Security of cloud computing to be in focus in the Middle East
Cloud computing and the security issues it poses are set to be hot topics at Gitex this week, experts and industry leaders say. While companies are keen to adopt cloud computing — which allows remote data storage and access to information from multiple locations — they are concerned about the potential for hacking attacks and security breaches.
Bulent Teksoz, chief security strategist for emerging markets, cited the findings of a survey by Symantec, which revealed that almost half of the respondents believed that their IT departments were not ready to move to cloud. “Findings from this survey reinforce what our customers are telling us and mirror attitudes that we are currently seeing in this part of the world towards cloud adoption with security currently being one of the top concerns for organisations across the Middle East” Teksoz said.
“To be confident in the cloud, IT organisations must take measures to ensure they have the same visibility and control of their information and applications whether they are in the cloud or residing on their own infrastructure — especially in light of recent intelligence that points to a rise in targeted attacks in this region.”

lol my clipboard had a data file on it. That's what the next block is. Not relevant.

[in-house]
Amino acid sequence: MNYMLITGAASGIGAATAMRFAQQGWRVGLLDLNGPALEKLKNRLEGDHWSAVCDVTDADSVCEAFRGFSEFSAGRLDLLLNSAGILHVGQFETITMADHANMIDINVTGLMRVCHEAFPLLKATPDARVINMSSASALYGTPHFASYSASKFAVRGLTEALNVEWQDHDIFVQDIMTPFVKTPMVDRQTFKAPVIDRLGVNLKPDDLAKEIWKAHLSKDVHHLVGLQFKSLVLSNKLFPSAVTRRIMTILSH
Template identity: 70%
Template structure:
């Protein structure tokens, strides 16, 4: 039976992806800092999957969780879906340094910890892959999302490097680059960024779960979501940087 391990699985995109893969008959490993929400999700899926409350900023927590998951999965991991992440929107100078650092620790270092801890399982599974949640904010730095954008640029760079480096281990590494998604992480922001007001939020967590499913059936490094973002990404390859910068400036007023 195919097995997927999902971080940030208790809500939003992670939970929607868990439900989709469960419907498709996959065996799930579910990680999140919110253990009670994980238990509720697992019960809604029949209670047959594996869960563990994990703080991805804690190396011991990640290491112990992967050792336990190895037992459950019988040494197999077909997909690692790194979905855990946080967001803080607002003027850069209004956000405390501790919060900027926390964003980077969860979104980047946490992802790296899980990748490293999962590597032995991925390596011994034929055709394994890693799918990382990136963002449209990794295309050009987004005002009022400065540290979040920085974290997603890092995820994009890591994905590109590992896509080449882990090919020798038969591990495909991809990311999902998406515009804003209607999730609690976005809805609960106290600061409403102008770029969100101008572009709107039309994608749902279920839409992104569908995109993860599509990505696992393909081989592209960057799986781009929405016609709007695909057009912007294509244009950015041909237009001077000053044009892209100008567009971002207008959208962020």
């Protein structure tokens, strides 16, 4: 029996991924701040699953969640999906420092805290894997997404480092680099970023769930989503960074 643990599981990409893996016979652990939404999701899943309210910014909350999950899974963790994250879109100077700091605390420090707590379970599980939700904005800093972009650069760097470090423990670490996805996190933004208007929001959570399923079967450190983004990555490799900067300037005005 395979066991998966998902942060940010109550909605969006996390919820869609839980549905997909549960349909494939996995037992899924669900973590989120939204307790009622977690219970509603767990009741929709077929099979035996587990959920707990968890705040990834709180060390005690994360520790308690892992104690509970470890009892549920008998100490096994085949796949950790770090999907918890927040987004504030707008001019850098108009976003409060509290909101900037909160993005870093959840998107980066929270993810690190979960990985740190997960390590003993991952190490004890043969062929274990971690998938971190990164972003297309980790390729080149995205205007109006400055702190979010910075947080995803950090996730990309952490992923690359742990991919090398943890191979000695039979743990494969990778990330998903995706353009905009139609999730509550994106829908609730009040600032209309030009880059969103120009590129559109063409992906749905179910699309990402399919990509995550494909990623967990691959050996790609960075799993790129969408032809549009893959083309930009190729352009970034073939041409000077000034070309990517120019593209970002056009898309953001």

According to the survey, organisations are conflicted about security — rating it both as a top goal and as a top concern with moving to the cloud. Eighty-seven percent of respondents are confident that moving to the cloud will not impact or will actually improve their security. However, achieving security for cloud environments is also a top concern for these organisations, which cited potential risks, including malware, hacker-based theft and loss of confidential data.
“With the cloud, everything depends on how you secure your data,” said the CTO of a small technology company. “If there’s no security, there’s no point in moving to the cloud.” Meanwhile, in an effort to educate potential customers in the benefits of cloud computing, Huawei, an ICT firm, will be demonstrating cloud solutions at Gitex.
According to the International Data Corporation (IDC), the public cloud segment is set to flourish with cloud servers expected to grow from an $8.4 billion market opportunity in 2010 to $12.6 billion by 2014. “Cloud is here to stay; it is really a game-changer; and really it's transforming the world of traditional IT”, said Ronald Raffensperger, director of cloud computing marketing at Huawei.
“We now see cloud moving up the decision-making chain; from IT managers up to the C-level decision-makers who recognise that IT investments must be integrated with the rest of the business to achieve their full transformative potential”. Gitex Cloud Conference is being held this week as part of the event at the Dubai International Conference and Exhibition Centre.
Bulent Teksoz, Security strategist